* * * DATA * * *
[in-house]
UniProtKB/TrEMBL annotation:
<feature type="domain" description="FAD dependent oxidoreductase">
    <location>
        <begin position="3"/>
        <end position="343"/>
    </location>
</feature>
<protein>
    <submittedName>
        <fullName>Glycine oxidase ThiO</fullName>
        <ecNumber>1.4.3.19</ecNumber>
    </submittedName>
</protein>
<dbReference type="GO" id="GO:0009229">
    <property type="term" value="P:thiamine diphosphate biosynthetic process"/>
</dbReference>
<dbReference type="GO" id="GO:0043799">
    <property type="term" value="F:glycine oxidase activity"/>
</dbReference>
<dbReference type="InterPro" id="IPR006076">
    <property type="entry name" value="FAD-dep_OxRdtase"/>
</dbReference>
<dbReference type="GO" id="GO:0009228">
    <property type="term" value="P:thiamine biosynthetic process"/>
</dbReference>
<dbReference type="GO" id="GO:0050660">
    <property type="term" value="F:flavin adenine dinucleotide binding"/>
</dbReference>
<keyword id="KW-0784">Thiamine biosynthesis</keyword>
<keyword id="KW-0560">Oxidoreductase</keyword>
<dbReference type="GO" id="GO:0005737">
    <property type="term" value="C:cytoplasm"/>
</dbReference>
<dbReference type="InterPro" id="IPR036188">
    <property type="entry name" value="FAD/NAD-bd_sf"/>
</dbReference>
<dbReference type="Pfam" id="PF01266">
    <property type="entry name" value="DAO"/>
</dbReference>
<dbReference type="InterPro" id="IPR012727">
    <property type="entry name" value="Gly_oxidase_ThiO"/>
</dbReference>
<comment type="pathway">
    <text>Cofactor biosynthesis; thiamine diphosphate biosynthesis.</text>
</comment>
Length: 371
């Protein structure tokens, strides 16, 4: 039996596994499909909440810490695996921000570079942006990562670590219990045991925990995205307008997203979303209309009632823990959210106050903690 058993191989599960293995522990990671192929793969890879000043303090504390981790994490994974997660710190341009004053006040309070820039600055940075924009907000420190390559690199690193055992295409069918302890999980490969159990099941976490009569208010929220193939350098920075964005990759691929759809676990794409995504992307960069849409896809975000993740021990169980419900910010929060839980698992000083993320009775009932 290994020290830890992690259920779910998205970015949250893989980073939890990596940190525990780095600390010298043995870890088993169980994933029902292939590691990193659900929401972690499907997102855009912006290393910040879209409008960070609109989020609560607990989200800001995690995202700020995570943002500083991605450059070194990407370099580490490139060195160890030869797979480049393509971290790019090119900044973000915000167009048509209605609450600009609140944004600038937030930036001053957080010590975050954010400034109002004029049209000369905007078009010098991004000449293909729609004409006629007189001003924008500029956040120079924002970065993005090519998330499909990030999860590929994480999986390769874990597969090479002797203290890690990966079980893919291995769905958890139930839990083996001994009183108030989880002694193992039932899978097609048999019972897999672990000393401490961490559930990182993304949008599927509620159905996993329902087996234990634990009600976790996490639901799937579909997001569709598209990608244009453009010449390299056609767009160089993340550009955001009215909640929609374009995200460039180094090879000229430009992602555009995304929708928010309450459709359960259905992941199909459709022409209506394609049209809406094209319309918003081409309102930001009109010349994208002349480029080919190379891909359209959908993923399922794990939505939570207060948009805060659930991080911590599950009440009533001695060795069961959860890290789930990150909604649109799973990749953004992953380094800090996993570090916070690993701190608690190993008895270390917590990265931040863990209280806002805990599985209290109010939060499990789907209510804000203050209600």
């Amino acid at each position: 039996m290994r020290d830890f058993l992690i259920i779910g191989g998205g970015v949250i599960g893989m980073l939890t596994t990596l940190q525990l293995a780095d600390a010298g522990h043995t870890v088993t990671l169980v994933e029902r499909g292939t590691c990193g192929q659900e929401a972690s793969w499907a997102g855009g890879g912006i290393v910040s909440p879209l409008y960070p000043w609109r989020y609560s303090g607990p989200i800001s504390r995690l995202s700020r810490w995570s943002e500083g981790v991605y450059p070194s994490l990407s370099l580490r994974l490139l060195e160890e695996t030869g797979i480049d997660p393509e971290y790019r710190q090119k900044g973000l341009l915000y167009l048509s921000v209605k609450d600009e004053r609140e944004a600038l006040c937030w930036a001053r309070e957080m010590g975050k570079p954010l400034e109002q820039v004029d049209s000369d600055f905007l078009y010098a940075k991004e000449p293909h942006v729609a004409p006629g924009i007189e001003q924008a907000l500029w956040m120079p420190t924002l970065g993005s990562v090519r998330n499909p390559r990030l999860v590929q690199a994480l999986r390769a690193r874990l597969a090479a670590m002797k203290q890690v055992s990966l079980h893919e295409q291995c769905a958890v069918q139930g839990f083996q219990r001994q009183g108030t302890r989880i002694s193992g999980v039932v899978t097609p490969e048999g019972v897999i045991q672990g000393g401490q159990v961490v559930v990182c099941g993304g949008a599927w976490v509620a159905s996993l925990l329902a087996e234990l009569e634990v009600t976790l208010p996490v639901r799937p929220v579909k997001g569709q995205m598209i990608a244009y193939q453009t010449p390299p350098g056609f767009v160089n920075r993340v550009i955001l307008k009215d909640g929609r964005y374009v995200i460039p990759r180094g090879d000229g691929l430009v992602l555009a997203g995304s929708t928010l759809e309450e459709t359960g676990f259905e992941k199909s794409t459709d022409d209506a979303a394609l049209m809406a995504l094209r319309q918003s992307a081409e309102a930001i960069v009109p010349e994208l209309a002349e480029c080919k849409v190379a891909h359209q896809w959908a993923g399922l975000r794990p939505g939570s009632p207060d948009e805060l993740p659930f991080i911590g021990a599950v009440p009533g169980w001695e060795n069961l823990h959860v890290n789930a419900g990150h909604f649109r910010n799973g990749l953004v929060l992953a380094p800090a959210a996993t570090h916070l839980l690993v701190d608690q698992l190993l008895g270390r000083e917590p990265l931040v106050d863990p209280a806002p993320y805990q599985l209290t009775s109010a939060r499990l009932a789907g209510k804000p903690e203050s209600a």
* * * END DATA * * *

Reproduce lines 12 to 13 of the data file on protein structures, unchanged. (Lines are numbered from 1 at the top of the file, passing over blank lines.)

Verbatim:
        <ecNumber>1.4.3.19</ecNumber>
    </submittedName>